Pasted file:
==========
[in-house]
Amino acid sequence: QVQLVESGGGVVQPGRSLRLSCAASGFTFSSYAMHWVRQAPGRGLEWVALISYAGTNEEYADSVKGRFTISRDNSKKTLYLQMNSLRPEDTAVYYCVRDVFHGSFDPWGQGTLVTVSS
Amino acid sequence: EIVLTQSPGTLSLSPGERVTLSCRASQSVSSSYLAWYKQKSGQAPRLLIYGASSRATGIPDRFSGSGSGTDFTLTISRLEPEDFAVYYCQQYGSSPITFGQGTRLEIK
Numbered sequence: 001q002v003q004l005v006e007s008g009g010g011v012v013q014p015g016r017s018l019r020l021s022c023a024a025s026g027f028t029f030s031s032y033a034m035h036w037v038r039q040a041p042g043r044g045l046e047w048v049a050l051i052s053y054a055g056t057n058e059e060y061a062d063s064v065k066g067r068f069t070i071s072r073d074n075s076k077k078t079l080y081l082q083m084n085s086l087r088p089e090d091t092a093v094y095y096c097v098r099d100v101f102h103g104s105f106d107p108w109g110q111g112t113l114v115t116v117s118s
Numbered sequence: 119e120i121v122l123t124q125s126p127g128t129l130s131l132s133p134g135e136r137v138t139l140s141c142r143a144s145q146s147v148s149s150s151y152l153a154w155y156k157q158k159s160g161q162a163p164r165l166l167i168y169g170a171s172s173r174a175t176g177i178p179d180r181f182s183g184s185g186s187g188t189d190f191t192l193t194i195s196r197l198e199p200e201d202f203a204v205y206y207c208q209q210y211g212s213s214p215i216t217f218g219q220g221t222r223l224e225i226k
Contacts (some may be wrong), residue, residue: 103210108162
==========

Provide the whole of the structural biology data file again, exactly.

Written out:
[in-house]
Amino acid sequence: QVQLVESGGGVVQPGRSLRLSCAASGFTFSSYAMHWVRQAPGRGLEWVALISYAGTNEEYADSVKGRFTISRDNSKKTLYLQMNSLRPEDTAVYYCVRDVFHGSFDPWGQGTLVTVSS
Amino acid sequence: EIVLTQSPGTLSLSPGERVTLSCRASQSVSSSYLAWYKQKSGQAPRLLIYGASSRATGIPDRFSGSGSGTDFTLTISRLEPEDFAVYYCQQYGSSPITFGQGTRLEIK
Numbered sequence: 001q002v003q004l005v006e007s008g009g010g011v012v013q014p015g016r017s018l019r020l021s022c023a024a025s026g027f028t029f030s031s032y033a034m035h036w037v038r039q040a041p042g043r044g045l046e047w048v049a050l051i052s053y054a055g056t057n058e059e060y061a062d063s064v065k066g067r068f069t070i071s072r073d074n075s076k077k078t079l080y081l082q083m084n085s086l087r088p089e090d091t092a093v094y095y096c097v098r099d100v101f102h103g104s105f106d107p108w109g110q111g112t113l114v115t116v117s118s
Numbered sequence: 119e120i121v122l123t124q125s126p127g128t129l130s131l132s133p134g135e136r137v138t139l140s141c142r143a144s145q146s147v148s149s150s151y152l153a154w155y156k157q158k159s160g161q162a163p164r165l166l167i168y169g170a171s172s173r174a175t176g177i178p179d180r181f182s183g184s185g186s187g188t189d190f191t192l193t194i195s196r197l198e199p200e201d202f203a204v205y206y207c208q209q210y211g212s213s214p215i216t217f218g219q220g221t222r223l224e225i226k
Contacts (some may be wrong), residue, residue: 103210108162